Having children in the preschool age-group, I have spent a good amount of time in high quality high end private preschools and have blogged about them too – whether it is By the Sea in Mumbai or Gaia in Bangalore … these are spaces which have met my fairly exacting demands of good ECE provision for my kids. Spaces which are for kids and about kids…happy cheerful spaces that recognize children’s needs and work to meet them, spaces that foster interactions and engaged learning and curiosity…Where the environment is truly a teacher who complements and supplements the class teacher(s).
And then, when I walk into low fee private preschool classrooms, I am upset, depressed and angered by the quality of provision I see there. Here are children whose parents work incredibly hard to send them to “English medium, private preschools” …and in all honesty the schools are failing them. I don’t want to attribute blame or point fingers…the parents understanding of good learning is based on their understanding (or lack) of what good education is. They want their children to be writing and bringing home pages of homework, they want them to recite inane nursery rhymes and be regularly assessed at school. The low fee schools feel they cannot access fancier products and services at the price point they are able to afford, they struggle to hire good quality teachers or find an appropriate space…
And yet the reality of the low fee private schools is depressing. Small cramped classrooms housed in small cramped buildings, preschool classrooms with rows of long wooden benches seating an inordinately large number of children squashed against each other. The paint peeling, the floor grimy, an occasional nail sticking out somewhere. The walls are bare or have numbers and alphabets and maybe a clock. There is no space to move and 3, 4 and 5 year olds are sitting and copying mindlessly from a blackboard or repeating everything the teacher says. An occasional smack or “tap” with a long wooden ruler helps with discipline (I am serious). There are pockets of happy activities – saying Jack and Jill in a loud voice with strange actions and even stranger punctuation, going for lunch or play time (if any).
And somewhere one wonders whether it is the affordability that is taking so much away from quality. I know the fancy schools my children go to charge a whole lot more and have so much more access to materials and resources. Does one really need that much to access quality. Does quality always need to mean expensive? I have seen models work with less albeit in the non-profit sector. Could it also work in a low fee private school?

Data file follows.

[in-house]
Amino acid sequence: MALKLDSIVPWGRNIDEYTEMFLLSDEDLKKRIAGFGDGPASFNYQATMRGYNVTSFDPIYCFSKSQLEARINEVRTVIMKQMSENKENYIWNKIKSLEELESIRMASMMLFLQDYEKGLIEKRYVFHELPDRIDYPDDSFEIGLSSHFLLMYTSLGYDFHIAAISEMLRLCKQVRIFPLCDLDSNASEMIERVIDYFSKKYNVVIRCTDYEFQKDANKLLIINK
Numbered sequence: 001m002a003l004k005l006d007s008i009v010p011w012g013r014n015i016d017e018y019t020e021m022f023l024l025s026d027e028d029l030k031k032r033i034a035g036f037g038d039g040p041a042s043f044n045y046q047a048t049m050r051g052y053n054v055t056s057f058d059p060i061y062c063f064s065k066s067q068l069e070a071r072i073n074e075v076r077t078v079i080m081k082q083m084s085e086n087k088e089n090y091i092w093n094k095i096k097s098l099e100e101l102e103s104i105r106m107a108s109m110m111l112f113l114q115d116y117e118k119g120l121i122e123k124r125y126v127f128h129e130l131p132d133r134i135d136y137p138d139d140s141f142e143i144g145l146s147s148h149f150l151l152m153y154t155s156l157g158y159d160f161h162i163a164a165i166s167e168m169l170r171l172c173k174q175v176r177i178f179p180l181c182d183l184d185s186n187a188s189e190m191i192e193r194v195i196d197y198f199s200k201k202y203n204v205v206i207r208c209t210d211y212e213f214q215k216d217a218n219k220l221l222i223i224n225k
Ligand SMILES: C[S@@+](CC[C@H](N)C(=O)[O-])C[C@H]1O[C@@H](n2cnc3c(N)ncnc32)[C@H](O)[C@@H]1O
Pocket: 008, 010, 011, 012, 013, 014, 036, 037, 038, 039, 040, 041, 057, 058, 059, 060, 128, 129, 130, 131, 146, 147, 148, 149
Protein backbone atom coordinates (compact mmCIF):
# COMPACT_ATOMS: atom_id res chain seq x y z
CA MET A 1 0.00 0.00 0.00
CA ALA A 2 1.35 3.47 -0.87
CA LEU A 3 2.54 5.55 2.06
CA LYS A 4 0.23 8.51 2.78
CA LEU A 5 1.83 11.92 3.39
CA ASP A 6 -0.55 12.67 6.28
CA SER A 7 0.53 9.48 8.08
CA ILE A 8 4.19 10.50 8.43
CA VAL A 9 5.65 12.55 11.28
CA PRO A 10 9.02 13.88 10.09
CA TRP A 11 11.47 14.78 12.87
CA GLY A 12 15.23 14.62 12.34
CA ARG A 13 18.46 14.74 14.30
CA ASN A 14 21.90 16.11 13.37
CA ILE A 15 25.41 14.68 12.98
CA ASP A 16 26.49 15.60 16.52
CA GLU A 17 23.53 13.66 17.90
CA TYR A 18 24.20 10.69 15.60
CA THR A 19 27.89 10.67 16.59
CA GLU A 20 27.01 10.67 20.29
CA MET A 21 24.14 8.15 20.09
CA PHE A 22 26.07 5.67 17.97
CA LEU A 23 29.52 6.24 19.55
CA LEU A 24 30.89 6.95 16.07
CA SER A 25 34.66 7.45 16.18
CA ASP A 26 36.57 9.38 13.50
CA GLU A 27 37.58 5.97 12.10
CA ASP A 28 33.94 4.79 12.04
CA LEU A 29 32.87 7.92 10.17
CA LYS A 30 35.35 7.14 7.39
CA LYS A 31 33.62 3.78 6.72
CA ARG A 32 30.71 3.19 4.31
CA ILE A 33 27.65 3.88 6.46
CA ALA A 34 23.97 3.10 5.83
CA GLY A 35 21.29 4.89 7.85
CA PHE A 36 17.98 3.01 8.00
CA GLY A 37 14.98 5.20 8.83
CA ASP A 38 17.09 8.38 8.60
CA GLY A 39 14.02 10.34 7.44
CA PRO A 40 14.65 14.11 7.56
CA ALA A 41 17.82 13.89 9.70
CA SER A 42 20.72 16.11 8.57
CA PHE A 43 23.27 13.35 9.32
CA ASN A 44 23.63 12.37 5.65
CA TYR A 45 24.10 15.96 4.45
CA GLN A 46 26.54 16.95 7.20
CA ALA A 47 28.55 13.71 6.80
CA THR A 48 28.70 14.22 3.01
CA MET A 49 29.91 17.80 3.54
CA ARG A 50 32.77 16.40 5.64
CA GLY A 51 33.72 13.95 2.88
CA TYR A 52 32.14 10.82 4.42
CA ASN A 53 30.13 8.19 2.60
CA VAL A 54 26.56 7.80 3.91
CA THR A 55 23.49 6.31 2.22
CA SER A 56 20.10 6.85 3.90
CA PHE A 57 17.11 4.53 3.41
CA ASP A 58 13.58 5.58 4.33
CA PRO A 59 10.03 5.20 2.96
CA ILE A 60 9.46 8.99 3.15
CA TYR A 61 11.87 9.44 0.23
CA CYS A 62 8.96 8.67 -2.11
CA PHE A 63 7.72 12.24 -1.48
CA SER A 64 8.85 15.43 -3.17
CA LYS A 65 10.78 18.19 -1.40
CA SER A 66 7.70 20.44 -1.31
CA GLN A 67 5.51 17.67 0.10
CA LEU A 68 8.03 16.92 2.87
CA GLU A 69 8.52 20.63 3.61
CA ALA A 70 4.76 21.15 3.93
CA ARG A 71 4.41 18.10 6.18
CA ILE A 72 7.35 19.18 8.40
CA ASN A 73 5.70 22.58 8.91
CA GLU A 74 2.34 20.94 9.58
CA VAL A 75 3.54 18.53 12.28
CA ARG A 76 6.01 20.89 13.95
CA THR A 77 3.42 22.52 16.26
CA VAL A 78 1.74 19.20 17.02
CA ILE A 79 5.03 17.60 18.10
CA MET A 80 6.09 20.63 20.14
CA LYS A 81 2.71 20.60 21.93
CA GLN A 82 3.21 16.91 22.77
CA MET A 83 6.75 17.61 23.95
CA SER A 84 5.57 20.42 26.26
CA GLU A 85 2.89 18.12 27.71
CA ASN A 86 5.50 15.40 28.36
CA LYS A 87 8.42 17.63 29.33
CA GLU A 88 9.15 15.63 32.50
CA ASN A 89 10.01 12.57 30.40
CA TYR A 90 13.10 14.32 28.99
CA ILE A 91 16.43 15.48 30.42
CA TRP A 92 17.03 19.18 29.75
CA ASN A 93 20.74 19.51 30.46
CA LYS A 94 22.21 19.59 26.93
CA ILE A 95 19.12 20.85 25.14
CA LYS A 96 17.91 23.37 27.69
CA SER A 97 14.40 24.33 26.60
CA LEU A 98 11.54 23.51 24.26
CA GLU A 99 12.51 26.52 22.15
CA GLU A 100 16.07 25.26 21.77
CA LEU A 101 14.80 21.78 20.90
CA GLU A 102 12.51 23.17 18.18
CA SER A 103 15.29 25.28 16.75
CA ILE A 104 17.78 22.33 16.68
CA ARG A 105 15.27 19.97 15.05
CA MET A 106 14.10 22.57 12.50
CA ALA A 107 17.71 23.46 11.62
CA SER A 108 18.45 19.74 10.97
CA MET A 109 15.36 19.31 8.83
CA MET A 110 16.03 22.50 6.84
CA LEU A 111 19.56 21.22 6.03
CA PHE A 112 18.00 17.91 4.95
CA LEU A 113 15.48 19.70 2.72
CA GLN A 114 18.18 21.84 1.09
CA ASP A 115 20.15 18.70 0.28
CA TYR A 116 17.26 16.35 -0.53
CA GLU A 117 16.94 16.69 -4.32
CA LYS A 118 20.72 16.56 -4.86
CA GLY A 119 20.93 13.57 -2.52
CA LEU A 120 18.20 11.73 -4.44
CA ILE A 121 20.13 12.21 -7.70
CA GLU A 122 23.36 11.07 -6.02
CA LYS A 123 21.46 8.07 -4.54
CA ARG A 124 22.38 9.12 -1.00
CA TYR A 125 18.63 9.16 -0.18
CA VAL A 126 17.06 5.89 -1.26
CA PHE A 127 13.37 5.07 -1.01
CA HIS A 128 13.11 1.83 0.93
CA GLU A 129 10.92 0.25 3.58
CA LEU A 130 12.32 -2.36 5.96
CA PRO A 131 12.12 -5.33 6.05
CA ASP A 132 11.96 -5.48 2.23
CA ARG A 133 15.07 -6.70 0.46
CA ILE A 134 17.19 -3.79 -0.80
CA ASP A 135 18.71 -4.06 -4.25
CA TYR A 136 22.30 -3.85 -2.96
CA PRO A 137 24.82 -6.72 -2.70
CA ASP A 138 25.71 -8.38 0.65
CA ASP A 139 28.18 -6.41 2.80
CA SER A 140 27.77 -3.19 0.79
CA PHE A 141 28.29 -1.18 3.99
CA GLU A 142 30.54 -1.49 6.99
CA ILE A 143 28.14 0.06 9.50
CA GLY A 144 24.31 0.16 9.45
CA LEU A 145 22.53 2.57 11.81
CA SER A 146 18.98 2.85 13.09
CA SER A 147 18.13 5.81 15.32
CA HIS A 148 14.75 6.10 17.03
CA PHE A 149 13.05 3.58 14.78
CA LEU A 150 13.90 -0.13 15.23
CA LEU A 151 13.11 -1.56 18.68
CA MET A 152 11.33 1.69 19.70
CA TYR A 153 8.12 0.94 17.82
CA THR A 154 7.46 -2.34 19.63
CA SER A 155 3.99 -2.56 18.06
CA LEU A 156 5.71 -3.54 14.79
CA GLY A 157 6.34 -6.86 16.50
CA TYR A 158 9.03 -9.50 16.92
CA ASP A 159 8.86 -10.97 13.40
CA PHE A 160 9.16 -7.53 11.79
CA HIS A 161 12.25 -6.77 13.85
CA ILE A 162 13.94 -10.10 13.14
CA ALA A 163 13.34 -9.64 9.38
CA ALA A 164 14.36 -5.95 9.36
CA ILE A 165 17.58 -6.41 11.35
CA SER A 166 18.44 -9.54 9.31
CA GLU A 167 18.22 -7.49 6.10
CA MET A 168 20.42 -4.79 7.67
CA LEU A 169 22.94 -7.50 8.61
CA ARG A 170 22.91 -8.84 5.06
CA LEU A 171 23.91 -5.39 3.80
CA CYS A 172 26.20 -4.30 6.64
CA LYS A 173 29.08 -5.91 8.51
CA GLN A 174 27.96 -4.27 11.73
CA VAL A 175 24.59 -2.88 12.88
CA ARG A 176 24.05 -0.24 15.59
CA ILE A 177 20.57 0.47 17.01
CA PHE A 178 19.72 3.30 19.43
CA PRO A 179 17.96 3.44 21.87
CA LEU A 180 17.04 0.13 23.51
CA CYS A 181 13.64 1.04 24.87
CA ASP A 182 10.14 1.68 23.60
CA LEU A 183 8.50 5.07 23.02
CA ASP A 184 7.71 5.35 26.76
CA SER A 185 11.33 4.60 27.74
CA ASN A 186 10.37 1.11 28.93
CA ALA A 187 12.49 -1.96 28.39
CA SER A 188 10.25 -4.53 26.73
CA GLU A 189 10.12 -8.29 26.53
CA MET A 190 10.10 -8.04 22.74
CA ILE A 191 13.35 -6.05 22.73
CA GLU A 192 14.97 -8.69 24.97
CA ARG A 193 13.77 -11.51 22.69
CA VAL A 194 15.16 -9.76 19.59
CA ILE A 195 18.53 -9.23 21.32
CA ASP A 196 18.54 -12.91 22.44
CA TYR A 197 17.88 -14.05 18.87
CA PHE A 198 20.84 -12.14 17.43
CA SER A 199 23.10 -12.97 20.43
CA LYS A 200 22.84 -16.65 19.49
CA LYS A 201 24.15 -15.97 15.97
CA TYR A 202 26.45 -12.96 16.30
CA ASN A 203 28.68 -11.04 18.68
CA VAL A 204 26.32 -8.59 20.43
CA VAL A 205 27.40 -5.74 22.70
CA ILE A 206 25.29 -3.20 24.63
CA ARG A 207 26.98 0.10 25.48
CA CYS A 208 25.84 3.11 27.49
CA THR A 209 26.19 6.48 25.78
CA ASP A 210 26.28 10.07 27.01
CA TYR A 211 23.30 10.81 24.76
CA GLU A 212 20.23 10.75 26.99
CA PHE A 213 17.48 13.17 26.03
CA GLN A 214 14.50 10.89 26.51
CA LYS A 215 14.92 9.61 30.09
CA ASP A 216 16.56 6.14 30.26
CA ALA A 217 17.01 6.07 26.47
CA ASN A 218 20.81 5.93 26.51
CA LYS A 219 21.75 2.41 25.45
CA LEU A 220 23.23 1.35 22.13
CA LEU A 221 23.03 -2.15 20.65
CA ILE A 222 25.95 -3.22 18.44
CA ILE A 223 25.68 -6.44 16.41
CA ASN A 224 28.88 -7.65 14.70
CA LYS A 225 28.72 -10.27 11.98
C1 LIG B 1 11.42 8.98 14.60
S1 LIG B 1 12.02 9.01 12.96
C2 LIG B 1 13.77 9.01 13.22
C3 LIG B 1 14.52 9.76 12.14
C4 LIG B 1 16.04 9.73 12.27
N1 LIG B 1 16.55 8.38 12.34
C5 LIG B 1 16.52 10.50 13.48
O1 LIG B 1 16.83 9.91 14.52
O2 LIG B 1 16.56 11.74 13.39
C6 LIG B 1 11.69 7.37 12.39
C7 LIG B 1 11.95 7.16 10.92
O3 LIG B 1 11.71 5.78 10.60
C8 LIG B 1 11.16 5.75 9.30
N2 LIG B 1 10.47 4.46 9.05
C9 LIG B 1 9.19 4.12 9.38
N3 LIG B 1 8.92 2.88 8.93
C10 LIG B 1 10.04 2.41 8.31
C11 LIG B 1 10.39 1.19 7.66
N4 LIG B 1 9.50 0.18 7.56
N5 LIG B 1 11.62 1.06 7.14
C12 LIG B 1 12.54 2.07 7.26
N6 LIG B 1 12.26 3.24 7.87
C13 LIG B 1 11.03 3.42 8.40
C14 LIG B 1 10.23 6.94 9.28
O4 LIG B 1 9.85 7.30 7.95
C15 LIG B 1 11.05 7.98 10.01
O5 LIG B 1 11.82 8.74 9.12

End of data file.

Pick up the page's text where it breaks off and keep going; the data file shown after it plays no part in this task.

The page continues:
A visit to Smart Steps (an initiative by Pratham) with Smitin Brid helped answer this question and I walked out of there feeling a lot happier. I was a little apprehensive when I first approached one of their centers for a visit. The space looked similar to a typical low fee private school from the outside. But stepping in through the gate, I already began to see the difference. For one, it was clean- of course that matters…how can we imagine creating a nurturing environment for kids minds of we don’t bother with even the basics of safety before that. If you care enough about the child’s well-being and safety, it will be reflected right away in the set up.
I spent some time in 2 Smart Steps schools / centers. Both were clean, safe, cheerfully painted and had a lot of teaching and learning material available and accessible. The material wasn’t fancy or expensive. There were different types of building blocks and connectors, jigsaw puzzles, beads, a book library to name a few. It was a refreshing change to see free play set up and also watch the interactions teachers were trying to have with their children. Usually teacher student interactions are very transactional in nature and this was a move away from that.
The children seemed happy and confident. The teachers used materials of different kids during activities – so during story time, the teacher read the story from a book and also had stick puppets to go with it. She also encouraged the children to try the stick puppets and was perfectly calm when a child accidentally managed to tear the puppet.
I saw children being given strategies to deal with conflict and teachers would model those when required.
The teachers used a bilingual approach and ensured that the children were comfortable and happy to be in school. Which they were – in their cheerful uniforms, colorful bags and enthusiastic conversations to match they certainly painted a happy picture.
Sure there are still gaps to address – working on an ongoing basic to support them and help them hone their skills, to scaffold their learning, to make them better facilitators – but it is a start in the right direction…a start that shows that quality need not come at a high cost. These centers charge between 300 and 2000 a month depending on location and size and are actually able to bring a lot of learning and experiences to their children!
It was heartening to walk into the Smart Step schools and I was more than pleasantly surprised. You can find out more about them and their work on: http://smartstepspreschool.com/